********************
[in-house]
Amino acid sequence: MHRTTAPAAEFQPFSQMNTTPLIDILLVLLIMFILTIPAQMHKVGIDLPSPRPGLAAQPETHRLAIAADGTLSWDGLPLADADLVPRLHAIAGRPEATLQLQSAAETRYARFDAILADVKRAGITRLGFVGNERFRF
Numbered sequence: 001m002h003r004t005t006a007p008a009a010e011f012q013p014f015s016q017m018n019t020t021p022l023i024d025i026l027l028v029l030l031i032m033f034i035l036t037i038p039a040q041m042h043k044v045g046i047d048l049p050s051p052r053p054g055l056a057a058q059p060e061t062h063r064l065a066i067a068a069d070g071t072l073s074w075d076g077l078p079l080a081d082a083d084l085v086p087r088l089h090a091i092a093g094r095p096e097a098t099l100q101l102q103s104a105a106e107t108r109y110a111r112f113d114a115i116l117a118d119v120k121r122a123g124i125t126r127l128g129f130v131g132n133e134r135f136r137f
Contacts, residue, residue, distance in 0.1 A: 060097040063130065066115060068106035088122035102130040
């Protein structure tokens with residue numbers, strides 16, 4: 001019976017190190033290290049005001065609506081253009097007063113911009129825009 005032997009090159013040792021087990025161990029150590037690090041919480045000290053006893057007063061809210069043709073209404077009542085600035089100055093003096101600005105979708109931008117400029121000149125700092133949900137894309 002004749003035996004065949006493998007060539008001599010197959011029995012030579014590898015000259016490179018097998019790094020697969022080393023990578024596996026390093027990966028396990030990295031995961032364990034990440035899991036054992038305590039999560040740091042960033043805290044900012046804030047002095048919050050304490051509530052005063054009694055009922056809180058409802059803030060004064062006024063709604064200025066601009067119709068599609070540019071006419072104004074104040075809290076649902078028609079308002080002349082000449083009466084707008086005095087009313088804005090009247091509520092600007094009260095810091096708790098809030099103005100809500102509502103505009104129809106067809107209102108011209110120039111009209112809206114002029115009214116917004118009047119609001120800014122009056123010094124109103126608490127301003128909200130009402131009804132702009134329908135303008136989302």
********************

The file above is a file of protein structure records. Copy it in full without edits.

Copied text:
[in-house]
Amino acid sequence: MHRTTAPAAEFQPFSQMNTTPLIDILLVLLIMFILTIPAQMHKVGIDLPSPRPGLAAQPETHRLAIAADGTLSWDGLPLADADLVPRLHAIAGRPEATLQLQSAAETRYARFDAILADVKRAGITRLGFVGNERFRF
Numbered sequence: 001m002h003r004t005t006a007p008a009a010e011f012q013p014f015s016q017m018n019t020t021p022l023i024d025i026l027l028v029l030l031i032m033f034i035l036t037i038p039a040q041m042h043k044v045g046i047d048l049p050s051p052r053p054g055l056a057a058q059p060e061t062h063r064l065a066i067a068a069d070g071t072l073s074w075d076g077l078p079l080a081d082a083d084l085v086p087r088l089h090a091i092a093g094r095p096e097a098t099l100q101l102q103s104a105a106e107t108r109y110a111r112f113d114a115i116l117a118d119v120k121r122a123g124i125t126r127l128g129f130v131g132n133e134r135f136r137f
Contacts, residue, residue, distance in 0.1 A: 060097040063130065066115060068106035088122035102130040
């Protein structure tokens with residue numbers, strides 16, 4: 001019976017190190033290290049005001065609506081253009097007063113911009129825009 005032997009090159013040792021087990025161990029150590037690090041919480045000290053006893057007063061809210069043709073209404077009542085600035089100055093003096101600005105979708109931008117400029121000149125700092133949900137894309 002004749003035996004065949006493998007060539008001599010197959011029995012030579014590898015000259016490179018097998019790094020697969022080393023990578024596996026390093027990966028396990030990295031995961032364990034990440035899991036054992038305590039999560040740091042960033043805290044900012046804030047002095048919050050304490051509530052005063054009694055009922056809180058409802059803030060004064062006024063709604064200025066601009067119709068599609070540019071006419072104004074104040075809290076649902078028609079308002080002349082000449083009466084707008086005095087009313088804005090009247091509520092600007094009260095810091096708790098809030099103005100809500102509502103505009104129809106067809107209102108011209110120039111009209112809206114002029115009214116917004118009047119609001120800014122009056123010094124109103126608490127301003128909200130009402131009804132702009134329908135303008136989302």